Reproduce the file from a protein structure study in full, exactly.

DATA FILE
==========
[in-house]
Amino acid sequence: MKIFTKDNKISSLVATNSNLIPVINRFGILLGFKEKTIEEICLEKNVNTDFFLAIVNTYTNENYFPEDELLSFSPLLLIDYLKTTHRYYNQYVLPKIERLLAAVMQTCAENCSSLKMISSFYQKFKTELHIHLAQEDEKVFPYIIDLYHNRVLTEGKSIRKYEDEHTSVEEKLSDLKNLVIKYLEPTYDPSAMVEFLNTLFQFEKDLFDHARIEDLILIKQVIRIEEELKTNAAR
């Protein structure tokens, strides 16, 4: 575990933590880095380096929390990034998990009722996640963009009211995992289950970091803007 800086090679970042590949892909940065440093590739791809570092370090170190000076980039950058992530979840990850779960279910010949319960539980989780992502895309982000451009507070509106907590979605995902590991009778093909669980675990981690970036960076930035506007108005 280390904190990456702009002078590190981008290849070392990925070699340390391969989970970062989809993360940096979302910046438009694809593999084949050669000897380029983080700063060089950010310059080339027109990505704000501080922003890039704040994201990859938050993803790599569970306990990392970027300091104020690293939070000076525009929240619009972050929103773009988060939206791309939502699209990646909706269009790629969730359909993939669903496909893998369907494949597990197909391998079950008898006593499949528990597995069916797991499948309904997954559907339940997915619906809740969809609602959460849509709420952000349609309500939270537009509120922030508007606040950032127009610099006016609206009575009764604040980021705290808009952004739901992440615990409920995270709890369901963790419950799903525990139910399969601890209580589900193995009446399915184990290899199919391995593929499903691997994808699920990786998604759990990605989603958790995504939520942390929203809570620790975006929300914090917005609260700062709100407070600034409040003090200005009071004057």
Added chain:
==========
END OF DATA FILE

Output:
[in-house]
Amino acid sequence: MKIFTKDNKISSLVATNSNLIPVINRFGILLGFKEKTIEEICLEKNVNTDFFLAIVNTYTNENYFPEDELLSFSPLLLIDYLKTTHRYYNQYVLPKIERLLAAVMQTCAENCSSLKMISSFYQKFKTELHIHLAQEDEKVFPYIIDLYHNRVLTEGKSIRKYEDEHTSVEEKLSDLKNLVIKYLEPTYDPSAMVEFLNTLFQFEKDLFDHARIEDLILIKQVIRIEEELKTNAAR
């Protein structure tokens, strides 16, 4: 575990933590880095380096929390990034998990009722996640963009009211995992289950970091803007 800086090679970042590949892909940065440093590739791809570092370090170190000076980039950058992530979840990850779960279910010949319960539980989780992502895309982000451009507070509106907590979605995902590991009778093909669980675990981690970036960076930035506007108005 280390904190990456702009002078590190981008290849070392990925070699340390391969989970970062989809993360940096979302910046438009694809593999084949050669000897380029983080700063060089950010310059080339027109990505704000501080922003890039704040994201990859938050993803790599569970306990990392970027300091104020690293939070000076525009929240619009972050929103773009988060939206791309939502699209990646909706269009790629969730359909993939669903496909893998369907494949597990197909391998079950008898006593499949528990597995069916797991499948309904997954559907339940997915619906809740969809609602959460849509709420952000349609309500939270537009509120922030508007606040950032127009610099006016609206009575009764604040980021705290808009952004739901992440615990409920995270709890369901963790419950799903525990139910399969601890209580589900193995009446399915184990290899199919391995593929499903691997994808699920990786998604759990990605989603958790995504939520942390929203809570620790975006929300914090917005609260700062709100407070600034409040003090200005009071004057």
Added chain: